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Death toll rises in continuing unrest in Sudan after military takeover

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Death toll rises in continuing unrest in Sudan after military takeover
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Khartoum: After a military coup disrupted Sudan's transition to democracy, protestors and security forces clashed in Khartoum. At least one protester died, and the death toll has reached eight.

Sudan was in a transition phase to a full civilian rule and a joint civilian-military council was governing since 2019.

Sudan's civilian leader, Prime Minister Abdalla Hamdok is under house arrest. General Abdel Fattah al-Burhan dissolved the fragile democratic government on Monday. The civil unrest has led to barricaded roads, burning cars, black smoke across the city, and shut down shops.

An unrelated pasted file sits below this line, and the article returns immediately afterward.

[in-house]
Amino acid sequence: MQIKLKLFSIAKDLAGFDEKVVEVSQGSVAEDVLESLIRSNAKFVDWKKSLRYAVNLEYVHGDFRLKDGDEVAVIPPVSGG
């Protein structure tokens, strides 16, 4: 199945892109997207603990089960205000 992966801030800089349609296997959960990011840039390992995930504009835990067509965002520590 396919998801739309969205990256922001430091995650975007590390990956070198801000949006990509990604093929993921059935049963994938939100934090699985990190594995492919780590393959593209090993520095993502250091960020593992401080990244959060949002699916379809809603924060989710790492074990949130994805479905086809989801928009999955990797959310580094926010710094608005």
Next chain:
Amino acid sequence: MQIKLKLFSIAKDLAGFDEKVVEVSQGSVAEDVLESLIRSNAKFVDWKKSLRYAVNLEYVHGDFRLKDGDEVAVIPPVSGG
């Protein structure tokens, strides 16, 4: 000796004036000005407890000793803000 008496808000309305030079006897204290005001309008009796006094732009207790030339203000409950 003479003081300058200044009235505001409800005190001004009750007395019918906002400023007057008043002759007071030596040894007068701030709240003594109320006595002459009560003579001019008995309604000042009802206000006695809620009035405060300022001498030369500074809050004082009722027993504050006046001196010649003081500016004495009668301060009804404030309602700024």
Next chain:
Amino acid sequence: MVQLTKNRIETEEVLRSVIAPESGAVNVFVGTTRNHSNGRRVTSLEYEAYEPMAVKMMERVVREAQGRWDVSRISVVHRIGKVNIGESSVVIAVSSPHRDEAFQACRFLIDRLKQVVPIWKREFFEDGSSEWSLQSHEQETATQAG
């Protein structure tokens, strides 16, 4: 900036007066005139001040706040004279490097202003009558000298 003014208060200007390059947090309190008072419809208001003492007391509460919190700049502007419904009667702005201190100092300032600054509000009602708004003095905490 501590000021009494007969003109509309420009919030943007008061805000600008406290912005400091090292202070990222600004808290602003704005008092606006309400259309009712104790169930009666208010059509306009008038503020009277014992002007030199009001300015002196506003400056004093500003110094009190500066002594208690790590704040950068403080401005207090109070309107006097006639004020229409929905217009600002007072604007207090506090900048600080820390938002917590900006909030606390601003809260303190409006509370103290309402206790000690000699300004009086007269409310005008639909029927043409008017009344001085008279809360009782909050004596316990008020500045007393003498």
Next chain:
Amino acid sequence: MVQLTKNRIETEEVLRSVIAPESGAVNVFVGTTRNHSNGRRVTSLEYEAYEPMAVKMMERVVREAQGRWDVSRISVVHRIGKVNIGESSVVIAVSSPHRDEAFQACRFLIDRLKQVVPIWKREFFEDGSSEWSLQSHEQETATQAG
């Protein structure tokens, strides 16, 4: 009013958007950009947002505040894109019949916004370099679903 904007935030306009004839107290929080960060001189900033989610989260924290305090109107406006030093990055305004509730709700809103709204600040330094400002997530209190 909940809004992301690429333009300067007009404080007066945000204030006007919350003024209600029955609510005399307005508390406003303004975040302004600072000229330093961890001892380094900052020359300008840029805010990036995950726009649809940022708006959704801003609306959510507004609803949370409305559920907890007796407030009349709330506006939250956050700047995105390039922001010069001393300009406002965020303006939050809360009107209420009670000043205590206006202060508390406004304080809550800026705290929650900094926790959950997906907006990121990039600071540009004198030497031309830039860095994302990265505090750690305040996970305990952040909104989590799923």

A protester told AFP that the people of Sudan do not want military power but free democratic life. The data given by health officials say that about 170 people were wounded in an attack using tear gas and rubber-coated bullets.

The United Nations and the US have already reached out to the new Sudanese military government to restore peace. The UN Security Council said that there is "serious concern" about the army power grab and encouraged "dialogue without pre-conditions," reported Al Jazeera.

US President Joe Biden in his message to Sudan's military authorities said that people must be allowed to protest peacefully and the civilian-led transitional government must be restored. The US has already frozen aid to the poverty-stricken Northeast African nation. "The events of recent days are a grave setback, but the United States will continue to stand with the people of Sudan and their non-violent struggle," said Biden.

The African Union has suspended Sudan's membership and called the coup an "unconstitutional" takeover. The World Bank also has frozen aid and denounced the army's move.

Several nations including the US, the UK, European Union members released a joint statement saying that they continue to recognise the prime minister and his cabinet of democratic government, reported Al Jazeera.

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